Nanosolar: Solar Power at a Lower Cost
In a market-friendly scenario, Nanosolar claims to be able to produce electricity at 5-6 cents/kilowatt hour almost as cheap as power from coal and at about one-third the cost of other solar power. Nanosolar claims: Nanosolar claims mass production of solar power will now become feasible with their differently manufactured solar panels. Conventional silicon-made solar panels have a stiff competitor from CIGS semiconductor printed solar panels – composed of copper, gallium, indium and selenium – which perform as good as conventional solar panels in lab conditions. An inexpensive printing process makes it ideal for mass production by an automated facility with robots and other hi-fi equipment.
Solar panels re-invented:
The low efficiency which haunted Nanosolar raising the cost of installation of solar-power arrays and which necessitated more solar panels has been addressed successfully by Nanosolar. The larger panels they are now using generate more power; with modifications that cut the cost, the larger panels generate 160 watts as against 70 watts by First Solar.
According to Martin Roscheisen, Nanosolar’s CEO, in sunny locations, power plants with these panels could produce electricity at 5-6 cents per kilowatt hour. Mr. Roscheisen claimed even the 16.4 % energy conversion in sunlight as against 20% energy conversion in the lab and only 11% of that energy into electricity by Nanosolar is high enough compared to conventional solar panels.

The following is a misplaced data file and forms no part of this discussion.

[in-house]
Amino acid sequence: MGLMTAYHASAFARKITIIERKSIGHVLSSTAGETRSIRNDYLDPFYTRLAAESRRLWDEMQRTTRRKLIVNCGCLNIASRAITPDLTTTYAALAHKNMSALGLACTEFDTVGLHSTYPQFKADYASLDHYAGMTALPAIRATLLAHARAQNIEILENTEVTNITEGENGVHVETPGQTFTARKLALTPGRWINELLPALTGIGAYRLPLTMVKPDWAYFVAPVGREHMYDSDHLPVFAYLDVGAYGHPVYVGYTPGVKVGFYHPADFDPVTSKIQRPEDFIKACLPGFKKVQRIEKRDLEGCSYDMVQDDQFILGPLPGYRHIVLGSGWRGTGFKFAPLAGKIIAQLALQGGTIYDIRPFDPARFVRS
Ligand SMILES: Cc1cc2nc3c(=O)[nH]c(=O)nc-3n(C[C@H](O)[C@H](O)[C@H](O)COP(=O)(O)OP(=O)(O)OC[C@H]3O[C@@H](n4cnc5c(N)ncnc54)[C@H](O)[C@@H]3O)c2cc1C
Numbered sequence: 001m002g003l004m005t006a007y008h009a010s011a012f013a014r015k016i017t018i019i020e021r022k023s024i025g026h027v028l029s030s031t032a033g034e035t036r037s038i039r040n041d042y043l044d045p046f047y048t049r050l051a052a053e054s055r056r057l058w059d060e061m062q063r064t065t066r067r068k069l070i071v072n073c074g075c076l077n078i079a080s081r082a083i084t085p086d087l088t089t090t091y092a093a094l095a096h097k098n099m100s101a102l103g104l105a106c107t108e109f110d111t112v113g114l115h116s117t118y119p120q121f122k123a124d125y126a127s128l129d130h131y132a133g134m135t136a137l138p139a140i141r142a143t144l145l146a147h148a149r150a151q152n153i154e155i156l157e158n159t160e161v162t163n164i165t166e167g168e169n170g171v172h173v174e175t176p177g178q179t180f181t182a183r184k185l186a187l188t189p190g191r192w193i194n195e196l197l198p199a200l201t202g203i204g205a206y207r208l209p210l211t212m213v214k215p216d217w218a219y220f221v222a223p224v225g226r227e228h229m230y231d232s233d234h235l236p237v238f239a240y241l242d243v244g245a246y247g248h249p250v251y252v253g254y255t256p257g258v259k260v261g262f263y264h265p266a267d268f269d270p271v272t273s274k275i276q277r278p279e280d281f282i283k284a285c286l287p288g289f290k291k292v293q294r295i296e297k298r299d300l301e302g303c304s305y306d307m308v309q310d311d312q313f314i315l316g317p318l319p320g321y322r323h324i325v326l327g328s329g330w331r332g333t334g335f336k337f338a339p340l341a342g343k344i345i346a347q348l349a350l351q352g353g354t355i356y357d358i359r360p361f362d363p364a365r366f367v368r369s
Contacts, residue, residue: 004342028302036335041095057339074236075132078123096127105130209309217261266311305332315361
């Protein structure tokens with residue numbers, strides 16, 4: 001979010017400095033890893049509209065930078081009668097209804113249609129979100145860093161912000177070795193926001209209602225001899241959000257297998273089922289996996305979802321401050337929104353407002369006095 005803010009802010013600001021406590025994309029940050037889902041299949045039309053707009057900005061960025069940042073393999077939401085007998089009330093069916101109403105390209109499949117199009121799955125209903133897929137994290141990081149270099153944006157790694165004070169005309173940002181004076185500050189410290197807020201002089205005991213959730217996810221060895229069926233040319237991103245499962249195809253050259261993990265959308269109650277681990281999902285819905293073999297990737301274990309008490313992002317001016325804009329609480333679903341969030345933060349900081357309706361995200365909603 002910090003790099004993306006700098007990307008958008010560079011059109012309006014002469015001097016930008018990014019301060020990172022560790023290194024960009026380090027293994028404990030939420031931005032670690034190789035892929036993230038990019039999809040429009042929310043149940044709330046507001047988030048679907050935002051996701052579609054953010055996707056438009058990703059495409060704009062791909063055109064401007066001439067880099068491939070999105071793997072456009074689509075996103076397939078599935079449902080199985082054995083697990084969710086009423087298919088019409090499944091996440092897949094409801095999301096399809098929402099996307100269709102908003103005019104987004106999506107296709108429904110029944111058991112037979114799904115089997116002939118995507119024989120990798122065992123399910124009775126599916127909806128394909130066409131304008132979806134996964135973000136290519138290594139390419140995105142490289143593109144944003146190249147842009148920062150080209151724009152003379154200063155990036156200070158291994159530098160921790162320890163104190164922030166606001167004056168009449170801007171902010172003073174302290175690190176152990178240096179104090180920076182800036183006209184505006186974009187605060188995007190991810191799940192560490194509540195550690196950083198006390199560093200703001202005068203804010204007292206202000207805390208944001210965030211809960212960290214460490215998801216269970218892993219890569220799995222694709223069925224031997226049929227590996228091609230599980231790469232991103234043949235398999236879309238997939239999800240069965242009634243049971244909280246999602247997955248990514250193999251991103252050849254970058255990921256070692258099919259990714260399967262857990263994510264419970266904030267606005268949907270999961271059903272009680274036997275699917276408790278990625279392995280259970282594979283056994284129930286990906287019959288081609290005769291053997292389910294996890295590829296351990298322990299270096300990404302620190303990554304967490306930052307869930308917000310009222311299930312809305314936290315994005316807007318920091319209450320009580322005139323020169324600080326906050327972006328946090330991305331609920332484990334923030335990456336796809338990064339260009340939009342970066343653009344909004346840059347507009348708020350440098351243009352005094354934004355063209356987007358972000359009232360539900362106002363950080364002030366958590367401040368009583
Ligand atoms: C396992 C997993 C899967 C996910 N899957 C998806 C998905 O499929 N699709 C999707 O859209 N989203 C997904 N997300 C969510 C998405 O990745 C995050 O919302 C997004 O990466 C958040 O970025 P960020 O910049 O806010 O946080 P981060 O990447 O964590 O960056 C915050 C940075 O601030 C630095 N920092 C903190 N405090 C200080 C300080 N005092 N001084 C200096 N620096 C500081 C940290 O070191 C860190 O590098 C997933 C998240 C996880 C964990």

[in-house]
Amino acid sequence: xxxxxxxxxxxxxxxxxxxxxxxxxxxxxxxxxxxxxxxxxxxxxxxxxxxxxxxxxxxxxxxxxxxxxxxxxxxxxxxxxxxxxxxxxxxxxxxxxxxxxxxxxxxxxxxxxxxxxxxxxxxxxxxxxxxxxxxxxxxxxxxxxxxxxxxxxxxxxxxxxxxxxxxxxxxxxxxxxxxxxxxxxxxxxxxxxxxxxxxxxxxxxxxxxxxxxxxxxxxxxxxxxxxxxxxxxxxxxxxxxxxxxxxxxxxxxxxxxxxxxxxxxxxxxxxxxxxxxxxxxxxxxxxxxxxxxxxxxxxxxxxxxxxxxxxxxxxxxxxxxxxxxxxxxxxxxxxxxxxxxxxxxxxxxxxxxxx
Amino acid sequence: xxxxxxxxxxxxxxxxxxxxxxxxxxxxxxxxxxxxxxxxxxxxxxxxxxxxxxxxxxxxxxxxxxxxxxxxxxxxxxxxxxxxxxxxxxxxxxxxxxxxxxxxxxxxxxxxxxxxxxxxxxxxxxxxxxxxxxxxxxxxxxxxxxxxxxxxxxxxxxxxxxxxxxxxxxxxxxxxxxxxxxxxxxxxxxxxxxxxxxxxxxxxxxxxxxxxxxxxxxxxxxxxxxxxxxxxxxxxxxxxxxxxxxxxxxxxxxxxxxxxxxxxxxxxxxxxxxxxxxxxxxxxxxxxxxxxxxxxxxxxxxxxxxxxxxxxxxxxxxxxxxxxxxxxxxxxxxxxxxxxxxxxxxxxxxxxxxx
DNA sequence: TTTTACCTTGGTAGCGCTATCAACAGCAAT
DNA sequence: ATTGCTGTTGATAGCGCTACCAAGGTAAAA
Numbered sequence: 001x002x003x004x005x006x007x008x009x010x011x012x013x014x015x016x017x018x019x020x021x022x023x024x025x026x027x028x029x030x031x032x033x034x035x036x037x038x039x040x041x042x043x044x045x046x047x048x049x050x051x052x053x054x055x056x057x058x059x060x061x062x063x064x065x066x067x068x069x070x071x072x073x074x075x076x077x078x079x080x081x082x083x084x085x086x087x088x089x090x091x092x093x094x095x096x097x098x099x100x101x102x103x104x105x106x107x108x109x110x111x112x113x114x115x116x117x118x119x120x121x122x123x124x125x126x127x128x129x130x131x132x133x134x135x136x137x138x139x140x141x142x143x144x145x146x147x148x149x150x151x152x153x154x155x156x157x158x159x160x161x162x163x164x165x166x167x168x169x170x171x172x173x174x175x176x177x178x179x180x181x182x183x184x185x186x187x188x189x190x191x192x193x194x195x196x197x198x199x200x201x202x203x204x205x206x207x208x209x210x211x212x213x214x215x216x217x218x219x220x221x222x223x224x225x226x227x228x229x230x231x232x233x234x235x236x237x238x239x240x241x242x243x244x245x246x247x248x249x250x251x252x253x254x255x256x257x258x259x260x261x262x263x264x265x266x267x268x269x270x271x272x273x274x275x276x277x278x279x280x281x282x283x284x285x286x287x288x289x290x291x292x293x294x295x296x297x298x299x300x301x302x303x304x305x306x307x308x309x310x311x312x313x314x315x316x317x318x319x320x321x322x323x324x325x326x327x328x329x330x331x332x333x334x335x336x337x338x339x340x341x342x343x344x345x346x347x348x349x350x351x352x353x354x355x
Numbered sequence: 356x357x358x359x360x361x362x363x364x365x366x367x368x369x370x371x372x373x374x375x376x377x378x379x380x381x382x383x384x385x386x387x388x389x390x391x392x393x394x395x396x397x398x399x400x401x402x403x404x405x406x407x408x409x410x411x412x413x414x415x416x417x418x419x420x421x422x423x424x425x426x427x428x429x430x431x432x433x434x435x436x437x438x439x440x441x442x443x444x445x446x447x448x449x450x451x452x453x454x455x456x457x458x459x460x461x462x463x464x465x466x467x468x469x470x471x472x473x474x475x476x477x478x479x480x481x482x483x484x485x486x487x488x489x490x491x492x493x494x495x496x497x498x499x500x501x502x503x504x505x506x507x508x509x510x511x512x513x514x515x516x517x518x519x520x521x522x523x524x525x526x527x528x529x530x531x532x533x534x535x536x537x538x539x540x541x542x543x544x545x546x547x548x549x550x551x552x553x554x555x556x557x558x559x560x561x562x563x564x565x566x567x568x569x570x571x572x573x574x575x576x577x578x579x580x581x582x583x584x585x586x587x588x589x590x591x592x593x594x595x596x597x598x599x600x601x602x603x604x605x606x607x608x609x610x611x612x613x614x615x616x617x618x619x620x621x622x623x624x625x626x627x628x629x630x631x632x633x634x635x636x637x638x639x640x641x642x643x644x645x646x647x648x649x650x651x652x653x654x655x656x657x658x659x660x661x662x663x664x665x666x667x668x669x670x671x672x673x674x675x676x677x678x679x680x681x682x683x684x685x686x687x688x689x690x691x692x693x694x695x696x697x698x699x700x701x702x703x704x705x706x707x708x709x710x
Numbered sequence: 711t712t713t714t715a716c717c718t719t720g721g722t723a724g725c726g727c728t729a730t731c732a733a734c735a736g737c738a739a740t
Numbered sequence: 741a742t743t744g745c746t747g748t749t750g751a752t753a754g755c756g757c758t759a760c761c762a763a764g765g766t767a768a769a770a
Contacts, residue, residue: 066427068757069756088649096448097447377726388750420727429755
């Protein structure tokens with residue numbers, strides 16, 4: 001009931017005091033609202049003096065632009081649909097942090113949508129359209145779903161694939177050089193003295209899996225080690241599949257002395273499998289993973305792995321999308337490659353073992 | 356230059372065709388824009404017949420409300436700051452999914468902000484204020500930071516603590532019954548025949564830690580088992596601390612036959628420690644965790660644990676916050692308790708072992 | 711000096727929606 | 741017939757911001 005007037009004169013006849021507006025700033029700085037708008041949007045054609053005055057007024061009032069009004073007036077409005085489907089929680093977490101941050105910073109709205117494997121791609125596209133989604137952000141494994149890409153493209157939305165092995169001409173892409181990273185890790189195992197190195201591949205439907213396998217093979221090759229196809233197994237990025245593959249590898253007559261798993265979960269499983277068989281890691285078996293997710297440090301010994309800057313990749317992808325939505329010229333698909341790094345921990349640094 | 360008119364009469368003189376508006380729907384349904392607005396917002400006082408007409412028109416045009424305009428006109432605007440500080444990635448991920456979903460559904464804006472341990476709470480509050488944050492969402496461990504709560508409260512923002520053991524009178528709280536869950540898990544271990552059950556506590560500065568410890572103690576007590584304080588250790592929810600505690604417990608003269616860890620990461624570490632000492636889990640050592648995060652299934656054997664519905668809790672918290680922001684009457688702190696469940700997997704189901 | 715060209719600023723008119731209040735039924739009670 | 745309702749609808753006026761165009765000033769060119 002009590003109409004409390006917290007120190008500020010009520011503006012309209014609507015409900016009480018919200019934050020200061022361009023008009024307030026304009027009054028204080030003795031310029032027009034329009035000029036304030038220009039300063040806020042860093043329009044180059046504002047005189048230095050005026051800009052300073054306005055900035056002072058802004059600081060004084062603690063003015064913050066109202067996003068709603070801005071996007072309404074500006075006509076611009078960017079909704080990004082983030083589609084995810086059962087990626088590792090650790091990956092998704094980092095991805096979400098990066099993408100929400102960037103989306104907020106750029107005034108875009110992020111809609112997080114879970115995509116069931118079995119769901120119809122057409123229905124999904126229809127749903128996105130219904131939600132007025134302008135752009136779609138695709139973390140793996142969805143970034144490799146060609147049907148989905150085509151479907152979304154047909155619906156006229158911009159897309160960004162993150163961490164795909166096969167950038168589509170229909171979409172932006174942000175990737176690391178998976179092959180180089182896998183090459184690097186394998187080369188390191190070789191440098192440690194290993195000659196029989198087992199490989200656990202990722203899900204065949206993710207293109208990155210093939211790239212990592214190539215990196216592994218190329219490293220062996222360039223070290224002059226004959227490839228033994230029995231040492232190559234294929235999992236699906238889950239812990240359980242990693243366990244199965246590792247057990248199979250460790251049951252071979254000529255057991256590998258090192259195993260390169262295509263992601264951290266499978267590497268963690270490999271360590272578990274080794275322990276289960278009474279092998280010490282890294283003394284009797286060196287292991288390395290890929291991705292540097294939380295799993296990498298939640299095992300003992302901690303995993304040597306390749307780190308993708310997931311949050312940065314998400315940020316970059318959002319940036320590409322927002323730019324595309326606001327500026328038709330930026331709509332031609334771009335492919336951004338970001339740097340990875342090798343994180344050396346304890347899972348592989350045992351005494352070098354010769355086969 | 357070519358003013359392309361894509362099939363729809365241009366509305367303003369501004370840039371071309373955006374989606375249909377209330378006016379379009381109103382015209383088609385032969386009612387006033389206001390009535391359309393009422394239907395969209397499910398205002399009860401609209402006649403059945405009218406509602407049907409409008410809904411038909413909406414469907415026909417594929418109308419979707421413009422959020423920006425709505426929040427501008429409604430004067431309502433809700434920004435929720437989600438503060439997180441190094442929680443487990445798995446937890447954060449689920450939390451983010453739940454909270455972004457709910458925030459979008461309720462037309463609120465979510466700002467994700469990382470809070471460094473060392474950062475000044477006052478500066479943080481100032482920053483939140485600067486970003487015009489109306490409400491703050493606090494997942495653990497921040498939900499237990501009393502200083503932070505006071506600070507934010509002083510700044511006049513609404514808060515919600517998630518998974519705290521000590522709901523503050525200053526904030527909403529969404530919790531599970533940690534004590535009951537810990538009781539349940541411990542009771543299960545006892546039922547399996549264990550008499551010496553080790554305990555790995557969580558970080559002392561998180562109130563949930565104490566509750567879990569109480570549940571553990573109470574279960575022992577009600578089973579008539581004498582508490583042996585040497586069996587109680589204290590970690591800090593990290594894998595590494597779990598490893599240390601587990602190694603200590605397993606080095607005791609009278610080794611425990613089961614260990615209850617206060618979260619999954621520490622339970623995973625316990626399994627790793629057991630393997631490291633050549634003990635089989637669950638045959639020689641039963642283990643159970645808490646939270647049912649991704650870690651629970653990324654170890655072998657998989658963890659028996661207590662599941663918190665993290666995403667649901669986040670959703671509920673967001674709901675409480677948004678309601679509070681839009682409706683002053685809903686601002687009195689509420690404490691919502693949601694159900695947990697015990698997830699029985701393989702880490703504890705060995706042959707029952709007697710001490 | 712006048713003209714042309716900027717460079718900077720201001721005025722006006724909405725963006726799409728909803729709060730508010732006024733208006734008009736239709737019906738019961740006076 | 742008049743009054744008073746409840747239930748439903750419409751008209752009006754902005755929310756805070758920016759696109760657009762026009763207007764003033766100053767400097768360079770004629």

Raring to go!
Based at Germany and enjoying a huge market thanks to government’s incentives for the solar cells made of CIGS semiconductor, Nanosolar is ready to storm the market with producing solar cells twice as fast as the conventional solar-panel factories. He is ready to give First Solar a run for its money.
But the claimed low costs are attainable only at close-to-capacity operation level which is at best a distant possibility. Because despite all improvements, under the current economic scenario, Nanosolar is finding it tough to find banks willing to back power plants which may be ready to use their solar panels. Now the panels are not yet “bankable;” but Nanosolar is hoping for a better future.